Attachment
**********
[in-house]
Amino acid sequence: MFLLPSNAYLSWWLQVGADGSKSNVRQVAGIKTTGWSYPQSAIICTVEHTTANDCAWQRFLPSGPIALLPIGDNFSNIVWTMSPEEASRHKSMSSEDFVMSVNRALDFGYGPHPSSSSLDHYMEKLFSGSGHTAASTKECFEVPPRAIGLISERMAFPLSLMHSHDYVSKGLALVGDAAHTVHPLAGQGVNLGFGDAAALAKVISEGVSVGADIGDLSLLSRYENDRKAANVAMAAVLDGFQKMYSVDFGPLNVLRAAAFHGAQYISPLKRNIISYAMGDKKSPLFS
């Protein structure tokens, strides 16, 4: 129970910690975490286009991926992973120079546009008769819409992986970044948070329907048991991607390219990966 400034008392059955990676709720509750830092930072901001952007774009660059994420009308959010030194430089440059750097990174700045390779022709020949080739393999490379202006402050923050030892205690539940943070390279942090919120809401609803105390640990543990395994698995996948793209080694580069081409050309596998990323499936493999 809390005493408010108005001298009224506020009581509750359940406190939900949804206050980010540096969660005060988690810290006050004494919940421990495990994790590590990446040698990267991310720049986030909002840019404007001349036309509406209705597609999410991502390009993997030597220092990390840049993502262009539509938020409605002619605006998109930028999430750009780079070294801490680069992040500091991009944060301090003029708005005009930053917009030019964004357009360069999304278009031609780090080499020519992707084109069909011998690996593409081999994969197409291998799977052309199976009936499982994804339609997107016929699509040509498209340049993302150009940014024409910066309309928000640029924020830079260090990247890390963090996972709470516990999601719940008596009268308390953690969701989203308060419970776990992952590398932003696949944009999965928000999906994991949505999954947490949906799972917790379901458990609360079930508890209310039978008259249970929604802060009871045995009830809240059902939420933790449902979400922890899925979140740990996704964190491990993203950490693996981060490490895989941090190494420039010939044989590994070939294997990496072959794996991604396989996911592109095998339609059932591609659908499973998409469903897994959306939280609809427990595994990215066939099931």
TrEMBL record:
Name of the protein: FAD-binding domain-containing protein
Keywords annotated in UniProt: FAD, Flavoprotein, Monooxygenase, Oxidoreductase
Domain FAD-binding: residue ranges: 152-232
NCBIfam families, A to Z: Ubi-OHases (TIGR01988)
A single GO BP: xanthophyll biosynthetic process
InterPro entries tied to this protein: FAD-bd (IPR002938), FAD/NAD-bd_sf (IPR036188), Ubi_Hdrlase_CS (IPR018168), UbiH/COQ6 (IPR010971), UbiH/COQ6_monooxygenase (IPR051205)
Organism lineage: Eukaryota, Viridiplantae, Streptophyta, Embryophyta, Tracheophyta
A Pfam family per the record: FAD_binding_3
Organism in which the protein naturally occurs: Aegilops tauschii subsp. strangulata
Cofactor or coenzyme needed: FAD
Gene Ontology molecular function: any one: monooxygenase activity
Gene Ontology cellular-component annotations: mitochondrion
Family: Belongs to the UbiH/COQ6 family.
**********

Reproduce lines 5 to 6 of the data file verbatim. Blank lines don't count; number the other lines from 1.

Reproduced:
Name of the protein: FAD-binding domain-containing protein
Keywords annotated in UniProt: FAD, Flavoprotein, Monooxygenase, Oxidoreductase